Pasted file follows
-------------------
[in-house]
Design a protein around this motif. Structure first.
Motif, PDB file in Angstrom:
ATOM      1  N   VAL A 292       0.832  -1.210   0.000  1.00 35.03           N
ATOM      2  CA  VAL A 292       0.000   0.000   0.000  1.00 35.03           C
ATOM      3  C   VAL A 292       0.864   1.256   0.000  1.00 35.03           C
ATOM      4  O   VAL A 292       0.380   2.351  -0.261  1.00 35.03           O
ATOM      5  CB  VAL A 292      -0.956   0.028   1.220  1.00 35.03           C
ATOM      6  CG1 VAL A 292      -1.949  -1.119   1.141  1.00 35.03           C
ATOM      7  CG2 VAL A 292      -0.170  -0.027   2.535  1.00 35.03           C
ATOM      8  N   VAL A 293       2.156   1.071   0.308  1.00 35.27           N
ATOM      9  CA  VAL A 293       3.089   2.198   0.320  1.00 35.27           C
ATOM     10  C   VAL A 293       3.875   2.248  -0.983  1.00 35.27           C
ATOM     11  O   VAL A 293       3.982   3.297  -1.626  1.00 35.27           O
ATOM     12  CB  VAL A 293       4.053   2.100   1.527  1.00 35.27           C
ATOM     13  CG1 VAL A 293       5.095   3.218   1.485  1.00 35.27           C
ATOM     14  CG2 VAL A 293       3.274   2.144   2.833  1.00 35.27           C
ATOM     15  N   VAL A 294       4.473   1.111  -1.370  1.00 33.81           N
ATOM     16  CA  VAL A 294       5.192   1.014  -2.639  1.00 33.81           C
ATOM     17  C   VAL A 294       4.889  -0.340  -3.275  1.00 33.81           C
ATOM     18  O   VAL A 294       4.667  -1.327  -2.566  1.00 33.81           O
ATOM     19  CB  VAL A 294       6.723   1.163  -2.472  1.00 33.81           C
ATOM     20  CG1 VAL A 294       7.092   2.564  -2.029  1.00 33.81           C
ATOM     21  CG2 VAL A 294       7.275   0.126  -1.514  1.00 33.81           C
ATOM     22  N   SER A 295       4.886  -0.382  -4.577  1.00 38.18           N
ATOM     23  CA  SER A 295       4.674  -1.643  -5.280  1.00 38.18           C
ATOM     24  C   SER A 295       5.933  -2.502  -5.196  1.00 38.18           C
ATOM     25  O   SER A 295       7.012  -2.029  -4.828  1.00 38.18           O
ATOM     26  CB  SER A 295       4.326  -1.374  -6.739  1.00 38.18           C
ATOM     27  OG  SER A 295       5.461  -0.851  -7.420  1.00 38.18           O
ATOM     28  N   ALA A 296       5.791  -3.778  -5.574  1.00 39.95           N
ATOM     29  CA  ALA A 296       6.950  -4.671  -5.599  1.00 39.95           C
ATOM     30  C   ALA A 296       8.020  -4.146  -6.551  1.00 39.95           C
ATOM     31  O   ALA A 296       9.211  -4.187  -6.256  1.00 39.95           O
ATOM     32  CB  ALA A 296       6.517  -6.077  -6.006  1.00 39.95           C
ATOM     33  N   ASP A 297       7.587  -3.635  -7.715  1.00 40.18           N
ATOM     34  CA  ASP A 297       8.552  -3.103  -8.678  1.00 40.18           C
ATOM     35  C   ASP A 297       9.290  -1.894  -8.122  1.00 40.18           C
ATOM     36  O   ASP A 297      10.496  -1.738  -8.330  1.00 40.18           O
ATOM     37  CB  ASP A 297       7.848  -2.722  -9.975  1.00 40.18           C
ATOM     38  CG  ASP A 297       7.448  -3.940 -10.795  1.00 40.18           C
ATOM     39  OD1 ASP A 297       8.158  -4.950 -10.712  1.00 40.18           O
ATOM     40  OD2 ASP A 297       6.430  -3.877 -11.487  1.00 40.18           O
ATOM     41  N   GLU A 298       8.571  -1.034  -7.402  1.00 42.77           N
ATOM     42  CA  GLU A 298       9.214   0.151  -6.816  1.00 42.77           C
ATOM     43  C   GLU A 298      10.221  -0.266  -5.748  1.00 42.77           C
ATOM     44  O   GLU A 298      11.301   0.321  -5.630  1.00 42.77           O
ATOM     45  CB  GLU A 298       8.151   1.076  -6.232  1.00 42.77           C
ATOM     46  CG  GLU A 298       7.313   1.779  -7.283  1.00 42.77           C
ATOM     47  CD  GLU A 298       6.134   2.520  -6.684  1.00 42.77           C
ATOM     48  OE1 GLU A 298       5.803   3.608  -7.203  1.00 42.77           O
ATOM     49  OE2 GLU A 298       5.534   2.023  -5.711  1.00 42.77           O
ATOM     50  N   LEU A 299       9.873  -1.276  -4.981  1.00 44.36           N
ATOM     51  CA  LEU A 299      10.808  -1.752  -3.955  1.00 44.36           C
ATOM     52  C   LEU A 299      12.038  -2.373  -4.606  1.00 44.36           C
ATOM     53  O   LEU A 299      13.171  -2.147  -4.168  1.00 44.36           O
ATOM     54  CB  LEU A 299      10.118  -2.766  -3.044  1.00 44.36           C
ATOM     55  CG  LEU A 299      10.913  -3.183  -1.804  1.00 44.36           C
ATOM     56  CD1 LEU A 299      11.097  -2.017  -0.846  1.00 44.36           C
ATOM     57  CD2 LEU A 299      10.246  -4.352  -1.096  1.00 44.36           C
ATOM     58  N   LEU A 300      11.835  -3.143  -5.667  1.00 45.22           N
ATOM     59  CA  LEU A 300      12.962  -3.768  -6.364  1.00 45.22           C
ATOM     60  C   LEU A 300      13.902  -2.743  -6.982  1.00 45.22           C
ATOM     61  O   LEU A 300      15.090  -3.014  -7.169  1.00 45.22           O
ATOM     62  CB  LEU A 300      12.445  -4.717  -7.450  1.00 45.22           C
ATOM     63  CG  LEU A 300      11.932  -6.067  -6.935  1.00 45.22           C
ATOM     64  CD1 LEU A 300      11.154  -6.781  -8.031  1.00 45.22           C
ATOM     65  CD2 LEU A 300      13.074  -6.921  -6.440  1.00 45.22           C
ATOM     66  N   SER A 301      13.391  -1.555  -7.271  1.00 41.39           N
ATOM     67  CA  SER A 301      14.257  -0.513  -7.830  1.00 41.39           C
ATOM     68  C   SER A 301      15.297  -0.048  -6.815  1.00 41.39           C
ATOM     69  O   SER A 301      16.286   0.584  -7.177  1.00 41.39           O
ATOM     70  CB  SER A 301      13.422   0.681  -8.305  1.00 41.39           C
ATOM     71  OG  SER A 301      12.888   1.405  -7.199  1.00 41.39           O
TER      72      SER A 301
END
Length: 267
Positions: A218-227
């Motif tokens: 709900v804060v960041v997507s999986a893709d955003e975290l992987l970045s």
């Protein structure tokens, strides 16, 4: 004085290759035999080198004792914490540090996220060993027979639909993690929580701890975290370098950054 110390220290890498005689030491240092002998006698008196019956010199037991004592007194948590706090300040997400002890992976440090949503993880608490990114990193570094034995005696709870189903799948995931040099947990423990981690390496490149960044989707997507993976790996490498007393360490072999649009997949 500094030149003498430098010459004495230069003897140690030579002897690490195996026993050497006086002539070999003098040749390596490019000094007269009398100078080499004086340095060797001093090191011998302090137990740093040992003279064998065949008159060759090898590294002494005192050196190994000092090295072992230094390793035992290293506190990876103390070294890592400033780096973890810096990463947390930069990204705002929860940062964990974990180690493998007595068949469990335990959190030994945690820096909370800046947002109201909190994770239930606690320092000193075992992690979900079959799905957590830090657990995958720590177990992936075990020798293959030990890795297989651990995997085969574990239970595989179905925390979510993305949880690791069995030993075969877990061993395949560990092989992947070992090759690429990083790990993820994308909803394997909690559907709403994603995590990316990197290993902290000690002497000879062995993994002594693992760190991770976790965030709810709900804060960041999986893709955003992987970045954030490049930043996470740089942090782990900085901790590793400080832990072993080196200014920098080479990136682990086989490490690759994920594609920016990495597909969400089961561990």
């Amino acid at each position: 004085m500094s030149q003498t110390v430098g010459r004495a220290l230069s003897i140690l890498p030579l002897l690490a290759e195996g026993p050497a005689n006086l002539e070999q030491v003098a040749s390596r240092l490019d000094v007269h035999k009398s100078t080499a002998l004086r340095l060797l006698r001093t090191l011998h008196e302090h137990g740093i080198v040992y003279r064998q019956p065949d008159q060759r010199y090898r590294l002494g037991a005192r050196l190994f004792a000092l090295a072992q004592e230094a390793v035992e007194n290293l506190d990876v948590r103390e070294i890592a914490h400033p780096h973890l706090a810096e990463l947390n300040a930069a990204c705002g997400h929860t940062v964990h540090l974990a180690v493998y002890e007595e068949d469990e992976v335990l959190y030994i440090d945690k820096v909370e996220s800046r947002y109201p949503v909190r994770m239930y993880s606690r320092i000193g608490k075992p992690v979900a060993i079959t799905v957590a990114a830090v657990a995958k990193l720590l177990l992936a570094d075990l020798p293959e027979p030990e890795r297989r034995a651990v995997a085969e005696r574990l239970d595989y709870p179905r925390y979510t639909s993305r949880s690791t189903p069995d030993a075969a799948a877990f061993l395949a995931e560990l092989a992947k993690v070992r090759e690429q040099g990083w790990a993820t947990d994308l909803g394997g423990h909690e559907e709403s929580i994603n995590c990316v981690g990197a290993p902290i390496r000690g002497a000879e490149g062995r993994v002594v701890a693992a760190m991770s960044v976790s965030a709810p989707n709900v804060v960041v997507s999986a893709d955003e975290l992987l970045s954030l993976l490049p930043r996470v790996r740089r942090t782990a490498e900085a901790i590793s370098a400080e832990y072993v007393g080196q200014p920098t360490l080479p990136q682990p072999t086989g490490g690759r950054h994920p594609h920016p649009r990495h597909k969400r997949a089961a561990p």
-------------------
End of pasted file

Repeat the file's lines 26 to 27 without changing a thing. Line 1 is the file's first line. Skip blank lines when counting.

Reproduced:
ATOM     23  CA  SER A 295       4.674  -1.643  -5.280  1.00 38.18           C
ATOM     24  C   SER A 295       5.933  -2.502  -5.196  1.00 38.18           C